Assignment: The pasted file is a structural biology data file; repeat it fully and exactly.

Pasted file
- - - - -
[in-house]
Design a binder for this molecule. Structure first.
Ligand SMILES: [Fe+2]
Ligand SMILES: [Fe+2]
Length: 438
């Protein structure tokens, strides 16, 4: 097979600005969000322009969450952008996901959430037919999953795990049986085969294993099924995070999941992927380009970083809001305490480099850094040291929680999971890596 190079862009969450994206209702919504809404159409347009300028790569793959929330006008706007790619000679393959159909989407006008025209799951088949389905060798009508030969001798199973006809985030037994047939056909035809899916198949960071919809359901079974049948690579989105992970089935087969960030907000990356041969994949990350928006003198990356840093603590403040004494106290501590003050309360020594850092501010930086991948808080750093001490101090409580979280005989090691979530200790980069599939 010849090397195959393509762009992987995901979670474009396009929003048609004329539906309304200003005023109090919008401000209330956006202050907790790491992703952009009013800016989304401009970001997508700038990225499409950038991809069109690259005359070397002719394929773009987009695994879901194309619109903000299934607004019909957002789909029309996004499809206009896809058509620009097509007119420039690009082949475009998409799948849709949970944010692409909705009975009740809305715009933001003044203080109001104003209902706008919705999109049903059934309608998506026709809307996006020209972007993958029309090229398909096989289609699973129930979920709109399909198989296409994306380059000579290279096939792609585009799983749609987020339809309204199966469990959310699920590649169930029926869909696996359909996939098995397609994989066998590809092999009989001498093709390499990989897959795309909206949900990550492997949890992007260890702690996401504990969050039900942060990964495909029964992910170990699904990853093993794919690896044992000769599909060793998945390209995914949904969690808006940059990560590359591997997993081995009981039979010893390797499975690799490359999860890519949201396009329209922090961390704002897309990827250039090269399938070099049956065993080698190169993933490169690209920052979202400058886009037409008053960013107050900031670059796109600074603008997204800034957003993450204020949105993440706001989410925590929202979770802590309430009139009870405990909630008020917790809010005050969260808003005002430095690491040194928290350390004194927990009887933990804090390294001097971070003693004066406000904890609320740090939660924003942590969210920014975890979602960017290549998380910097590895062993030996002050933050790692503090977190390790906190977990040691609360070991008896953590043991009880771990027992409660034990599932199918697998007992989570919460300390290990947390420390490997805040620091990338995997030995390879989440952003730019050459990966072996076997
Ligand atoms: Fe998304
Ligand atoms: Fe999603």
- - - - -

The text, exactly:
[in-house]
Design a binder for this molecule. Structure first.
Ligand SMILES: [Fe+2]
Ligand SMILES: [Fe+2]
Length: 438
């Protein structure tokens, strides 16, 4: 097979600005969000322009969450952008996901959430037919999953795990049986085969294993099924995070999941992927380009970083809001305490480099850094040291929680999971890596 190079862009969450994206209702919504809404159409347009300028790569793959929330006008706007790619000679393959159909989407006008025209799951088949389905060798009508030969001798199973006809985030037994047939056909035809899916198949960071919809359901079974049948690579989105992970089935087969960030907000990356041969994949990350928006003198990356840093603590403040004494106290501590003050309360020594850092501010930086991948808080750093001490101090409580979280005989090691979530200790980069599939 010849090397195959393509762009992987995901979670474009396009929003048609004329539906309304200003005023109090919008401000209330956006202050907790790491992703952009009013800016989304401009970001997508700038990225499409950038991809069109690259005359070397002719394929773009987009695994879901194309619109903000299934607004019909957002789909029309996004499809206009896809058509620009097509007119420039690009082949475009998409799948849709949970944010692409909705009975009740809305715009933001003044203080109001104003209902706008919705999109049903059934309608998506026709809307996006020209972007993958029309090229398909096989289609699973129930979920709109399909198989296409994306380059000579290279096939792609585009799983749609987020339809309204199966469990959310699920590649169930029926869909696996359909996939098995397609994989066998590809092999009989001498093709390499990989897959795309909206949900990550492997949890992007260890702690996401504990969050039900942060990964495909029964992910170990699904990853093993794919690896044992000769599909060793998945390209995914949904969690808006940059990560590359591997997993081995009981039979010893390797499975690799490359999860890519949201396009329209922090961390704002897309990827250039090269399938070099049956065993080698190169993933490169690209920052979202400058886009037409008053960013107050900031670059796109600074603008997204800034957003993450204020949105993440706001989410925590929202979770802590309430009139009870405990909630008020917790809010005050969260808003005002430095690491040194928290350390004194927990009887933990804090390294001097971070003693004066406000904890609320740090939660924003942590969210920014975890979602960017290549998380910097590895062993030996002050933050790692503090977190390790906190977990040691609360070991008896953590043991009880771990027992409660034990599932199918697998007992989570919460300390290990947390420390490997805040620091990338995997030995390879989440952003730019050459990966072996076997
Ligand atoms: Fe998304
Ligand atoms: Fe999603």